It can take up to six or eight weeks before you can think of playing again. You may have to wear a wrist brace while playing to provide support when returning to play.

In severe cases, surgery will be needed to repair the tear. Your wrist will be immobilized for four to six weeks, after which physiotherapy will help get a range of motion back. 

Hypothenar Hammer Syndrome (Injuries to Blood Vessels)

Again, your first course of action is to rest to allow the inflammation to heal. Also, if you smoke, you will be asked to give up smoking as smoking causes swelling and inflammation in the blood vessels. 

If rest does not solve the problem, surgery may be required to repair the damaged blood vessels. This will mean no playing for six to eight weeks.

Sprains of the Wrist or Fingers

Treat these sprains as you would tendonitis. Rest is imperative, and it will take anywhere from two to ten weeks for the sprain to heal.

Fracture of the Hook of the Hamate

This injury is difficult to see with x-rays, so a CT scan is used to diagnose. 

Complicated fractures do not heal properly without assistance, so surgery is required. The surgeon will either remove the ‘hook’ or screw it back into place during the operation. Your wrist will be immobilized for at least two weeks, after which physiotherapy will help get back a full range of motion. 

Can These Injuries Be Serious – Should You Call a Doctor?

As we have indicated, these injuries can be severe if not treated correctly. We suggest contacting your doctor if any of these things happen:

  • The pain in your hand or wrist persists past a few days.
  • You have any numbness or tingling in your hands.
  • You feel a sharp pain when hitting a fat shot or hitting a rock or log.
  • When any movement of the hand or fingers causes acute pain.

How Do You Protect Your Hands in Golf?

There are several ways to protect your hands and wrists while playing.

Use the Correct Clubs

Firstly, make sure that your clubs are the correct weight and size for you. 

Consult your local golf pro for advice to ensure that your clubs fit your hands properly. 

If the clubs are not suitable for you, your Pro will advise you on the correct length and weight. You can then go forward and buy the right clubs for your body size.

Also, check that the width of the grip is correct for your hands. Purchasing a new set of grips will ensure that your clubs fit securely into your hands and will not cause shocks when hitting the ball.






Fix Your Swing

The power in your swing comes from forces transferred through your whole body, from ankles to wrists. If you overemphasize your wrists in your swing, injuries are bound to follow.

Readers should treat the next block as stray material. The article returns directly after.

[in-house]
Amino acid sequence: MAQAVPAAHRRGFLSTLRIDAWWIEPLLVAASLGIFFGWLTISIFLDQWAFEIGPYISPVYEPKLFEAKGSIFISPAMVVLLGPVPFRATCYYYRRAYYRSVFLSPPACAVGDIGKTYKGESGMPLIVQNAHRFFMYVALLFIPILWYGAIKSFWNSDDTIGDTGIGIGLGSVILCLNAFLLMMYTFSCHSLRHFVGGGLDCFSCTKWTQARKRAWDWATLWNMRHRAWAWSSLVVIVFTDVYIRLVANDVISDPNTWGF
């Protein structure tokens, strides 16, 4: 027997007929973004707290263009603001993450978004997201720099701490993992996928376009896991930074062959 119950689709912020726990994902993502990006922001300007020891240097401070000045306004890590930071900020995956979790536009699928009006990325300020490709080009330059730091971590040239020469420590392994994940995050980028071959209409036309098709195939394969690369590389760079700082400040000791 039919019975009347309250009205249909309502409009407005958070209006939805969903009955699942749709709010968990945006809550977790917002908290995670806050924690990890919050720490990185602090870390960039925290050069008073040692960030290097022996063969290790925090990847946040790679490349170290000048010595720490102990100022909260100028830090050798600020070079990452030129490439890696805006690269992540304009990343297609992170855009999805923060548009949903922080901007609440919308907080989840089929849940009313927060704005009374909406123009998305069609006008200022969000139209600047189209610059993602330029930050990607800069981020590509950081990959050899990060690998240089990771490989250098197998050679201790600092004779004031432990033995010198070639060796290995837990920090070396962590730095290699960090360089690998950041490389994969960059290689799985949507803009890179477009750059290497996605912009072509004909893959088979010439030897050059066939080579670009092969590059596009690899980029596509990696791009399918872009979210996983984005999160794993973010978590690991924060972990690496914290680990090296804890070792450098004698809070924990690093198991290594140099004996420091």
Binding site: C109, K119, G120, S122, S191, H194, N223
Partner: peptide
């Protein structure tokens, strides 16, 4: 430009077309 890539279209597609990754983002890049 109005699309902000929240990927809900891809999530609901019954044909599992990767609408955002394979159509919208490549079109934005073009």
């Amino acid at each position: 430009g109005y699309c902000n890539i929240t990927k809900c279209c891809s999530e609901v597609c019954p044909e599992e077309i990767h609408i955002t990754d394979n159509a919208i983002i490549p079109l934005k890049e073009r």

Ask your Club Pro to assess your swing and make corrections when necessary.

Use the Orange Whip Training Aid to assist you. This was rated as the top training aid for swing in 2022 and helps formulate the correct movement, connection, rhythm, tempo, and balance.






Turn to this nifty swing correcting tool to ensure your wrists are correctly hinged, and your clubface is square during your swing. 






If you consistently have issues with your wrist position during play, try using this TGT Arm to help you achieve the ideal arm, elbow, and wrist position throughout your swing.






Remember to take a little time to warm up and stretch before playing your round. 

Gloves

Golfers must wear gloves. Not only do they protect from the elements and help prevent blisters, but they can also help with cushioning the impact of the club in the hands.

Gloves with built-in wrist support help prevent many wrist injuries and help heal and support a previous injury when returning to play.






This type of thin leather glove will help the golfer who wants a firm grip on the club but doesn’t require any extra padding.






If you are experiencing weakness in your hands, perhaps after surgery, try Bionic Gloves that help grip and maintain pressure on the club. 






Conclusion

The chronic injuries to the hands and wrists tend to come from prolonged play and are unlikely to affect the recreational player. Acute injuries such as sprains and breaks tend to be more commonplace amongst recreational players.

The acute injuries often result from having a poor swing. Improving your swing by using training aids and coaching from a professional coach will go a long way to avoiding such injuries.

Any of the injuries that we have discussed need rest and care. Your hands are vital to enjoying your golf to the fullest, so take care of them.